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We’ve made it past January payday, but has the curse of the payday lender really been lifted?

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We’ve made it past January payday, but has the curse of the payday lender really been lifted?

January payday, one of the most anxiously awaited days of the year. Many employers pay their staff early in December and so across the UK, people count the days to the end of a long pay-free period.

The wait for this year’s payday has been even longer, as 2nd January marked the official end of payday lenders’ stratospheric interest rates. After months of negative press and the start of a new regulated world for payday lenders, we hope that this first month has seen a drop in customers heading for the high street to keep on top of their finances.

Yet, although new FCA regulations are officially in place to avoid the stings endured by payday borrowers in the past, there remain a number of concerns for the approximate 1.8 million customers getting financial help from them each month.

The milestone reform was cause for celebration for everyone except the lenders themselves. However, it has also sparked some concerns from the campaigners for said reform, as they still fear that loopholes could allow ‘legal loansharks’ to come back fighting.

The financial regulator’s intervention has successfully brought about a substantial change to the payday loan process, ensuring that no borrower can expect to be charged twice the amount borrowed as interest. It also guarantees that charges for late payments cannot exceed £15. These changes are set to transform this multibillion-pound industry, but by no means eradicate it.

This of course makes sense, as a multibillion-pound industry carries its own benefits for the overall economy, and acts as a means of employment. The FCA has stated that it does not want to dissemble the entire sector, but rather wants to legitimise it and crack down on some of its less scrupulous practices.

However, opinions are seriously divided when it comes to discussing the long-term future of what was previously labelled the ‘Wonga economy’. Depending on who you ask, all of the former payday lenders could see their shutters slam down by the end of the year, or they could continue to thrive thanks to the conditions in place to prevent their total demise.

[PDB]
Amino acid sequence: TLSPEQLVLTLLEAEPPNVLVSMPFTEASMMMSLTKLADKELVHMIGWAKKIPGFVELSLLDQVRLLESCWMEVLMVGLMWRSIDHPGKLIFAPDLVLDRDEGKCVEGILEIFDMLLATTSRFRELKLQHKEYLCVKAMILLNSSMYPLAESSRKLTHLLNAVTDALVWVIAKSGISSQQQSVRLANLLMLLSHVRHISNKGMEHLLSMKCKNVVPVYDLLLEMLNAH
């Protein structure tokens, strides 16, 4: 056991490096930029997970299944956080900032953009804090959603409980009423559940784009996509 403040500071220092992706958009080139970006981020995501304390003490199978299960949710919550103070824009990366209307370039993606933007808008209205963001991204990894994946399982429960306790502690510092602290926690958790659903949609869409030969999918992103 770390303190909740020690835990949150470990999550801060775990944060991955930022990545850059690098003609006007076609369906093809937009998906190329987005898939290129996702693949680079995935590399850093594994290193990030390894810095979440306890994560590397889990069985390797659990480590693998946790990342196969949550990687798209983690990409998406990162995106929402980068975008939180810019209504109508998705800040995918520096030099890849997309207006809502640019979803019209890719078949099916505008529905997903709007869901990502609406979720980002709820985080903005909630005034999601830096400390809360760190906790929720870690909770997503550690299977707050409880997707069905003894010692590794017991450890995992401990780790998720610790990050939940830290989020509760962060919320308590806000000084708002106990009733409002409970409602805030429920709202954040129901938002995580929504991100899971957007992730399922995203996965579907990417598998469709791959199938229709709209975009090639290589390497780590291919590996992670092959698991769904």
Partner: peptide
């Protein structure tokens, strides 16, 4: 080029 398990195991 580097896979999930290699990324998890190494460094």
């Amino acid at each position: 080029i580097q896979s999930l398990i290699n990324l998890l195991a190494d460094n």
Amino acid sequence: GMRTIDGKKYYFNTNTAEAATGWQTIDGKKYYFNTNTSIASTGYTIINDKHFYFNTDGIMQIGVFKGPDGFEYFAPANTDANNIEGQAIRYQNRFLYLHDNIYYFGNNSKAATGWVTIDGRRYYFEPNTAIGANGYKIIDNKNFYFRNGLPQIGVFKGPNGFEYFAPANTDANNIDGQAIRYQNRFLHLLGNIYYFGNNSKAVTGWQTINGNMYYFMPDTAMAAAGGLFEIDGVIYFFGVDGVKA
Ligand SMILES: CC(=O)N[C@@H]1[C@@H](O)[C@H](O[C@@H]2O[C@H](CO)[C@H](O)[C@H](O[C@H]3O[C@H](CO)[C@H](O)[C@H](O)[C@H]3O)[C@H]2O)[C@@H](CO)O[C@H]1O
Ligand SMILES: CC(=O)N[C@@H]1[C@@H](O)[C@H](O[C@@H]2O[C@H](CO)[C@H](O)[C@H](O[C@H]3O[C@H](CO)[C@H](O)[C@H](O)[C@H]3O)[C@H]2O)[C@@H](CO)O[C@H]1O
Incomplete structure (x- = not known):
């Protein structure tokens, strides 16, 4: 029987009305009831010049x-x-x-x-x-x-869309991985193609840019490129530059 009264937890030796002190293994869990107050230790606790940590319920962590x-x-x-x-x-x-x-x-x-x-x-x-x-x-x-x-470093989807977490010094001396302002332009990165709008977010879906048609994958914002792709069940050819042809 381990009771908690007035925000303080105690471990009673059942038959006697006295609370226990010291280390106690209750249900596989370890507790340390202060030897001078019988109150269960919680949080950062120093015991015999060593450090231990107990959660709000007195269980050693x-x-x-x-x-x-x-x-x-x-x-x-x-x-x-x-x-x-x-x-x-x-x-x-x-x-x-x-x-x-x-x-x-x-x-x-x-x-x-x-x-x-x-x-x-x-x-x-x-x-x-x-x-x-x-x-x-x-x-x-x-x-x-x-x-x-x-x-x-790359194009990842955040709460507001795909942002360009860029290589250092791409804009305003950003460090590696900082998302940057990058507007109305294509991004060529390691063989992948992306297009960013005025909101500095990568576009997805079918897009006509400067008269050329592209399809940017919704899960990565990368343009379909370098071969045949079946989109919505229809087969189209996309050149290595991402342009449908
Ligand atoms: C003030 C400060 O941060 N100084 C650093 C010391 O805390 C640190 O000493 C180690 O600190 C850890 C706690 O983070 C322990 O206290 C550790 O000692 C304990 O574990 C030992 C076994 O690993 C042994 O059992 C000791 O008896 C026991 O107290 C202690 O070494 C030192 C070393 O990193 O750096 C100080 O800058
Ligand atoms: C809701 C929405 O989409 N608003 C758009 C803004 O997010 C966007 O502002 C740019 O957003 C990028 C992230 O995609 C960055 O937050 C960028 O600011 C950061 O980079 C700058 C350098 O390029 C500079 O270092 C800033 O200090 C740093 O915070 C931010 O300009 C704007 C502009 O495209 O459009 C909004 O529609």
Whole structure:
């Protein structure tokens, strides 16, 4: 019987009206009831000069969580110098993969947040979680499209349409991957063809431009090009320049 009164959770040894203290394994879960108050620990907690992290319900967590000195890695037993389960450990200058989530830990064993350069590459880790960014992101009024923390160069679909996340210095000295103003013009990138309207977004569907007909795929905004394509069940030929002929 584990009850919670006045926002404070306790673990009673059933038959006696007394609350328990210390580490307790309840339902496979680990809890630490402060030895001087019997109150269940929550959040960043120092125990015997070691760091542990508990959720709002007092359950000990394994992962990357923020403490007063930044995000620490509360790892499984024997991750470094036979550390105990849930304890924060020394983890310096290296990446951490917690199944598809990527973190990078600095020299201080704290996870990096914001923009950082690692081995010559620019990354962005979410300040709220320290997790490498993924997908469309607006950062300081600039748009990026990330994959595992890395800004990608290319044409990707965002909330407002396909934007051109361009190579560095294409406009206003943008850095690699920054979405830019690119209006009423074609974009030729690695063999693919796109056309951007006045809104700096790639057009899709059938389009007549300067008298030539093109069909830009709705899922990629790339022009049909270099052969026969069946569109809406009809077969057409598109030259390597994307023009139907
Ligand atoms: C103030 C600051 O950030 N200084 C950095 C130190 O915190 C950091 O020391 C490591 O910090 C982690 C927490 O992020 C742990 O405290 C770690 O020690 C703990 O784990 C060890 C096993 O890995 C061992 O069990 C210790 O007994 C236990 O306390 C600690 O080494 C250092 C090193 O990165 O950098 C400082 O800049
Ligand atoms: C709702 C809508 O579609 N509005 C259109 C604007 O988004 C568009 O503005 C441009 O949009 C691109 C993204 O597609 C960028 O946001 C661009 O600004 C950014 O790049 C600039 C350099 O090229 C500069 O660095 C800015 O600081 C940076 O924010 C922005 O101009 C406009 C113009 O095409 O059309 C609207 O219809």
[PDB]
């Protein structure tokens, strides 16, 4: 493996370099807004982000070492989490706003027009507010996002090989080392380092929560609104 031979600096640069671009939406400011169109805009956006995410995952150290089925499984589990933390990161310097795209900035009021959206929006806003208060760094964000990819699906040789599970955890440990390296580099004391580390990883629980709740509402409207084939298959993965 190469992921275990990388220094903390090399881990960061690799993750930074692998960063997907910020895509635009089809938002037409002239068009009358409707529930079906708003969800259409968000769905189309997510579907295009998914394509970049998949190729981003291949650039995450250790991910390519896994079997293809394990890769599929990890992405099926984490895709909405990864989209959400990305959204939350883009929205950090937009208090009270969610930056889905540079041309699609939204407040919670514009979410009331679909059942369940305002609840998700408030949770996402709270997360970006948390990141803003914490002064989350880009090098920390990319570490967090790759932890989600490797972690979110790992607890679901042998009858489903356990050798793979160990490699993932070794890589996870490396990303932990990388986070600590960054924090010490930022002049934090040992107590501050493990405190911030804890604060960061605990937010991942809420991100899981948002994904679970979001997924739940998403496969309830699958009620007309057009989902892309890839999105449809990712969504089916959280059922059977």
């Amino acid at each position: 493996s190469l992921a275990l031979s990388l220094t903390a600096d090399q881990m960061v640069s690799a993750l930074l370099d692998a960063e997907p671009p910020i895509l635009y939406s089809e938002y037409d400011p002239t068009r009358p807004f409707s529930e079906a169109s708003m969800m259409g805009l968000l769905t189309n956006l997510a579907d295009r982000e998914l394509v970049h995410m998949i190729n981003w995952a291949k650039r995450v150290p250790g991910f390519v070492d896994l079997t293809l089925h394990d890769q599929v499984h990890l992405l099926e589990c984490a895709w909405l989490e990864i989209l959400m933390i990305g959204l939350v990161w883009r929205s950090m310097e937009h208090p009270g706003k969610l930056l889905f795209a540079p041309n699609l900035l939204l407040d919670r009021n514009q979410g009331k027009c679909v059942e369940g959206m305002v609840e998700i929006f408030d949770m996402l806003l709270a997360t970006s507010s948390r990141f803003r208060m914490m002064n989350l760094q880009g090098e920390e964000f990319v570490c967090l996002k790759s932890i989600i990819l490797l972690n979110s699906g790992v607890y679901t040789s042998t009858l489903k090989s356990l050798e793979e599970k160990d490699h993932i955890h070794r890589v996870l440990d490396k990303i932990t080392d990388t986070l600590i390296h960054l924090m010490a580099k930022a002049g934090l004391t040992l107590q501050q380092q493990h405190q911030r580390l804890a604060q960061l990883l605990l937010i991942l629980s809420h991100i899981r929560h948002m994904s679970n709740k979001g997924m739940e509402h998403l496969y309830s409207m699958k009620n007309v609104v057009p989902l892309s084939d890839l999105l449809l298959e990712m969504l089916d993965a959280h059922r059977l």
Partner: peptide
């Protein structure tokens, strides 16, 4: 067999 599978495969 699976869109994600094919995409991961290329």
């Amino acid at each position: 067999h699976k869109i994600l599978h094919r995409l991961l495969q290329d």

My guess would be that this is far from the last we hear from Wonga, QuickQuid, MyJar et al., The new rules in place are truly game-changing, and were much-needed. The greater issue for many comes from the fact that most companies will take advantage of charging the highest interest threshold allowed, meaning they can still profit from short-term, high-cost lending (at the moment of writing, only one major company has not taken this route).

My thoughts would also be that, if payday lenders do reach their own paydays this time next year, it will have less to do with legal loopholes and interest thresholds than with the prevailing ignorance in this country when it comes to personal finance.

Critics of the new legislation have drawn comparisons to other countries that have come down with greater force on similar companies, but it is worth remembering that last year, in addition to passing the payday lending reforms, the FCA doubled its interventions into suspect businesses. The regulator is more involved with our finances than ever before, but can’t be expected to dismiss all debts overnight.

Now that the FCA has placed limitations on payday lenders, we need to tackle the issue of why so many individuals are drawn to short-term high-cost credit in the first place.

How do we do this? For one thing, the excessive advertising of extravagant and often unsustainable lifestyles is not new, but should be treated as an ethical issue. Educating young people and providing guidance to families about household incomes should be prioritised. Those that find themselves struggling to make ends meet should be made aware of the wider options open to them and be treated with respect as they work to keep afloat.

These are some of life’s unending issues, and it might be true that payday lending will always be a symptom rather than the cause. But we can hope that memory of the payday backlash will remain a vivid one for British customers, and that they learn lessons from the past misdeeds of Wonga & co and think carefully before heading to back to them for loans again.

Attributed to Tim Wheeldon, Joint Managing Director at Fluent Money Ltd.

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